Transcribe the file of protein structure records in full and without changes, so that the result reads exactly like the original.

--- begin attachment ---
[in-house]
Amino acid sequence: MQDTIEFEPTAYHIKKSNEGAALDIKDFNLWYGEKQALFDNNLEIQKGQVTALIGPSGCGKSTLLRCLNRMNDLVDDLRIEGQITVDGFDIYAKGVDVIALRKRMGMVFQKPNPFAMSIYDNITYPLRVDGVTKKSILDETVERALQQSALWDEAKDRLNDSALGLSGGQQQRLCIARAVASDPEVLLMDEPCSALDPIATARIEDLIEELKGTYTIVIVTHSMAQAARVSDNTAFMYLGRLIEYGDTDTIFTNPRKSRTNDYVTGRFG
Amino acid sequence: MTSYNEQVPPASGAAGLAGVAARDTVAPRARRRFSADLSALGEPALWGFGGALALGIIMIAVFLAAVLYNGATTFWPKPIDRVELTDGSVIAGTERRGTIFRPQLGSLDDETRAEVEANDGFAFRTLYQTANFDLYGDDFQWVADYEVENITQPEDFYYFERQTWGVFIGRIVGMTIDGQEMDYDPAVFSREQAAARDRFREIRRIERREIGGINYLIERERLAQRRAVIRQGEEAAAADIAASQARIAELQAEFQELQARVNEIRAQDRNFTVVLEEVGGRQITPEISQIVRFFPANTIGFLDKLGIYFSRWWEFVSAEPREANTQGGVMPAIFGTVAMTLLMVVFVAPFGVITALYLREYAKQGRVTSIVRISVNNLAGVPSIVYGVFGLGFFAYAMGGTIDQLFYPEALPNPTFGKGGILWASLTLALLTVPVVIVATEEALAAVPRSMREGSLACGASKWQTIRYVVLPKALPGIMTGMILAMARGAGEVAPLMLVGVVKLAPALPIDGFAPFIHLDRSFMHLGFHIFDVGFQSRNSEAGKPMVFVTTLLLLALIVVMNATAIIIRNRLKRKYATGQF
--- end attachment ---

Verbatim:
[in-house]
Amino acid sequence: MQDTIEFEPTAYHIKKSNEGAALDIKDFNLWYGEKQALFDNNLEIQKGQVTALIGPSGCGKSTLLRCLNRMNDLVDDLRIEGQITVDGFDIYAKGVDVIALRKRMGMVFQKPNPFAMSIYDNITYPLRVDGVTKKSILDETVERALQQSALWDEAKDRLNDSALGLSGGQQQRLCIARAVASDPEVLLMDEPCSALDPIATARIEDLIEELKGTYTIVIVTHSMAQAARVSDNTAFMYLGRLIEYGDTDTIFTNPRKSRTNDYVTGRFG
Amino acid sequence: MTSYNEQVPPASGAAGLAGVAARDTVAPRARRRFSADLSALGEPALWGFGGALALGIIMIAVFLAAVLYNGATTFWPKPIDRVELTDGSVIAGTERRGTIFRPQLGSLDDETRAEVEANDGFAFRTLYQTANFDLYGDDFQWVADYEVENITQPEDFYYFERQTWGVFIGRIVGMTIDGQEMDYDPAVFSREQAAARDRFREIRRIERREIGGINYLIERERLAQRRAVIRQGEEAAAADIAASQARIAELQAEFQELQARVNEIRAQDRNFTVVLEEVGGRQITPEISQIVRFFPANTIGFLDKLGIYFSRWWEFVSAEPREANTQGGVMPAIFGTVAMTLLMVVFVAPFGVITALYLREYAKQGRVTSIVRISVNNLAGVPSIVYGVFGLGFFAYAMGGTIDQLFYPEALPNPTFGKGGILWASLTLALLTVPVVIVATEEALAAVPRSMREGSLACGASKWQTIRYVVLPKALPGIMTGMILAMARGAGEVAPLMLVGVVKLAPALPIDGFAPFIHLDRSFMHLGFHIFDVGFQSRNSEAGKPMVFVTTLLLLALIVVMNATAIIIRNRLKRKYATGQF